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Thursday, 7 December

Churches Together in Pawlett

Three people volunteering in a kitchen, smiling at camera

Churches Together in Pawlett is a partnership between St John the Baptist Church and the Methodist Church.

They are one of 120 community groups in Somerset to open their doors and offer people somewhere warm and comfortable to go amid the cost-of-living crisis.

Here, volunteer Fiona, explains why they decided to set up a Warm Welcome space and the positive impact it’s having in her local community.

“Back in September, Churches Together in Pawlett identified that we had £700 in our joint bank account and we were determined to spend on the local community. So, we decided to set up a Warm Welcome space at the local Royal British Legion.”

“We also applied for additional funding from our local Parish Council, Somerset Community Foundation and the Asda Foundation. Our applications were successful and we agreed to launch during that strange and often lonely limbo period between Christmas and New Year.

Following a chat with Anne, Spark Somerset’s Community Engagement & Development Adviser, to ensure we had the right policies and certificates in place, we were ready to open our doors on Thursday 29 December and our venue was added to the Warm Welcome Somerset map.

“Pawlett is a village with a large number of people who live alone and by our second week we had several groups of mainly elderly ladies who were delighted to meet up for coffee, bacon baps, cakes and a good natter. Our volunteers were able to bring people who are usually housebound so that they can get out and be with others, and one week the ladies of the WI sat with their knitting, making squares to sew into blankets. Another regular is a young lady who lives alone and works from home. She has visited five times to break up her day and interact with the people she knows in the village.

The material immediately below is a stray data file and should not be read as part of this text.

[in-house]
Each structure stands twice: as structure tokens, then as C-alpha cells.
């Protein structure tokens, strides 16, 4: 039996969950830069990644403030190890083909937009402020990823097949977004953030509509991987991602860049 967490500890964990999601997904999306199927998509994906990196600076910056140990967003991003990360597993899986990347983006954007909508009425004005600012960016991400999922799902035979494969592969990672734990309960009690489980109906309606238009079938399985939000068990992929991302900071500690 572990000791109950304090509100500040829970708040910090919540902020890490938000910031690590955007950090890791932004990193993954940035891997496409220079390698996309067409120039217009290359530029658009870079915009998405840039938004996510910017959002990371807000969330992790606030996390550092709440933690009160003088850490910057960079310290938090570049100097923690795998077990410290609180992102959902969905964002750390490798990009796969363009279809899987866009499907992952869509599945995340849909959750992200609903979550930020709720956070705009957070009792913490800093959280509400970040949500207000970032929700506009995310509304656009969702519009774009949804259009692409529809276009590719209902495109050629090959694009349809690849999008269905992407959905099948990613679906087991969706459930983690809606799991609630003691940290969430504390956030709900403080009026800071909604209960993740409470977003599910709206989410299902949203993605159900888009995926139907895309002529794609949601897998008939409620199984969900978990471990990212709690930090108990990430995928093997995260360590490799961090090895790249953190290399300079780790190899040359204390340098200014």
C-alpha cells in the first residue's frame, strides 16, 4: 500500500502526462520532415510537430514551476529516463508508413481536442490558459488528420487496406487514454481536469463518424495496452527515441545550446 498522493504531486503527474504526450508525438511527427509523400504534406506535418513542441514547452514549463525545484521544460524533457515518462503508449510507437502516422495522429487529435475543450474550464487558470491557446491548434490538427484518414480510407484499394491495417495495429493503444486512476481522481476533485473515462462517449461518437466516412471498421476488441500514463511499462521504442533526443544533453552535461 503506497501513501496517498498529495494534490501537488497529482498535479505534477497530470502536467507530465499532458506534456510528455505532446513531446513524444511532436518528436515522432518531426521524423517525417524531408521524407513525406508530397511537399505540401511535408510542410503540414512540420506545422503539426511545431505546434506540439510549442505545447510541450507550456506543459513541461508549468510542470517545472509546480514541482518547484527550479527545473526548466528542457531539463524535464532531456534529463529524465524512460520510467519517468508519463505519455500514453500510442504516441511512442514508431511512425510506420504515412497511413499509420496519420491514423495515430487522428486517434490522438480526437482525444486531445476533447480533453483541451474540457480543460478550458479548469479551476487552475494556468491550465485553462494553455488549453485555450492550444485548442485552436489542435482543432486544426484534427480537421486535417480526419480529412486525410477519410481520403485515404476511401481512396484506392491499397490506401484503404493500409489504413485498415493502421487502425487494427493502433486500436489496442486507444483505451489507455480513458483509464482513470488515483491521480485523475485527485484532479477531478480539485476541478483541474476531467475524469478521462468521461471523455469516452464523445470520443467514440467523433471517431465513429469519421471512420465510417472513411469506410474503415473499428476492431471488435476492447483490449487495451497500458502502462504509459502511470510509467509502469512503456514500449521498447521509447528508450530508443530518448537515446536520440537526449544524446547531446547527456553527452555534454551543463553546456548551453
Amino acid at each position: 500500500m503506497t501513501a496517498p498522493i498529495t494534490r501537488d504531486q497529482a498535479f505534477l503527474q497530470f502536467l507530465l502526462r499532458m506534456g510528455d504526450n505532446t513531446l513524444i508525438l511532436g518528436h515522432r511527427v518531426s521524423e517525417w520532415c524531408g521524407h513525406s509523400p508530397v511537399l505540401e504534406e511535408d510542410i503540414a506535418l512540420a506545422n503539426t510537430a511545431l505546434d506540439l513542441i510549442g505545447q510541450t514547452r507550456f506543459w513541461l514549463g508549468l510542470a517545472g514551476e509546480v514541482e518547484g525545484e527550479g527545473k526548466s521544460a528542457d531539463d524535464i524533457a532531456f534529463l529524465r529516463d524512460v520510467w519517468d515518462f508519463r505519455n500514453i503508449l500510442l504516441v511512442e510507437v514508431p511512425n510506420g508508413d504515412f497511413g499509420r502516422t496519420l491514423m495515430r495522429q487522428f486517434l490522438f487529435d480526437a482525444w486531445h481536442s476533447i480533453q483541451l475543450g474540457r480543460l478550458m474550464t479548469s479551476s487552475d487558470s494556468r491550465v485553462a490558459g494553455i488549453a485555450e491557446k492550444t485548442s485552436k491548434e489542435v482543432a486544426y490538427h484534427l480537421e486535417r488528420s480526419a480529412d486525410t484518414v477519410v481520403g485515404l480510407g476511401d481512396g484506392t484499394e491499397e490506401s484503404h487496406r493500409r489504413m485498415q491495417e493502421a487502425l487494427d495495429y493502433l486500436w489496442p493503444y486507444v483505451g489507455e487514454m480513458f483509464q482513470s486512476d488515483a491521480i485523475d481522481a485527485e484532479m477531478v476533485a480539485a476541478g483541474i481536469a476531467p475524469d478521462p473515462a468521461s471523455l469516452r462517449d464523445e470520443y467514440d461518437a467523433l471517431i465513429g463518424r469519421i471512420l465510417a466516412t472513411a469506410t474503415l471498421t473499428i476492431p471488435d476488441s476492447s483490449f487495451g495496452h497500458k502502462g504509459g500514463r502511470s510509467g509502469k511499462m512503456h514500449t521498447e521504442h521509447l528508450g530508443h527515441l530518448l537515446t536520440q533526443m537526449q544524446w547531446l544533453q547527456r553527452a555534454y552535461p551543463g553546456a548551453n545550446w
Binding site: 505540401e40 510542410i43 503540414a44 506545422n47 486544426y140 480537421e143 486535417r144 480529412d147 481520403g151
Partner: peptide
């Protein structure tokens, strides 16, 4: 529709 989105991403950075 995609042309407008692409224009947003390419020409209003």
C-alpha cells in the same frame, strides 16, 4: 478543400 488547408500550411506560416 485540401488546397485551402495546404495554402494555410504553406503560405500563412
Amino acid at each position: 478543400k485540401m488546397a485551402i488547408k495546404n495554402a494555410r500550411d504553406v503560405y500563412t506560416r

Loneliness is the scourge of the modern age and to see the happy faces of so many people enjoying good conversation, catching up with friends and making new ones was a joy to see.

“We have, however, had to temper the message of “cost of living crisis” in case people felt it wasn’t for them; like it was purely charitable and they weren’t eligible. We had a collection box for contributions for those who felt they could contribute and split the proceeds between the local Poppy Appeal and Bridgwater Foodbank. We also collected £47 for the Turkey/Syria Earthquake Appeal.

“Running the Warm Welcome space has been a collaborative process from the start and one of our strengths is knowing who does what best. My main job between the sessions has been to do the shopping. Every week I buy sausages and bacon from our local butcher, rolls from a local bakery and milk from a local farm, thereby supporting the local economy. I also did a Level 2 hygiene and catering course so that I could work in the kitchen. Personally, I’m a ‘Jack of all trades’ at Warm Welcome and do what needs to be done.

Many years ago, when I was on a parent-teacher committee I was told “you’re never happier than when you’re feeding people” and nothing has changed.

“Selfishly, I enjoy the satisfaction of knowing we’re doing a great job. It has been a learning curve from week one, knowing what people like to eat, what they like to do – we organised games, there is free Wi-Fi and even a television but often people just want to chat!

“To use two overused expressions, I like making a difference and giving something back; when you are doing something in your community it’s immediate and you can see the effect. It’s hard work but very satisfying, especially because of the appreciation and thanks we have from people who have been our guests.

One attendee told us he got to meet people he probably wouldn’t have otherwise and that it helped promote a good feeling – especially for older people like him who live alone. It was pretty humbling to learn what our Warm Welcome space meant to him.

Find out how the Spark Somerset team can support you to set up, run or fund your Warm Welcome space Here.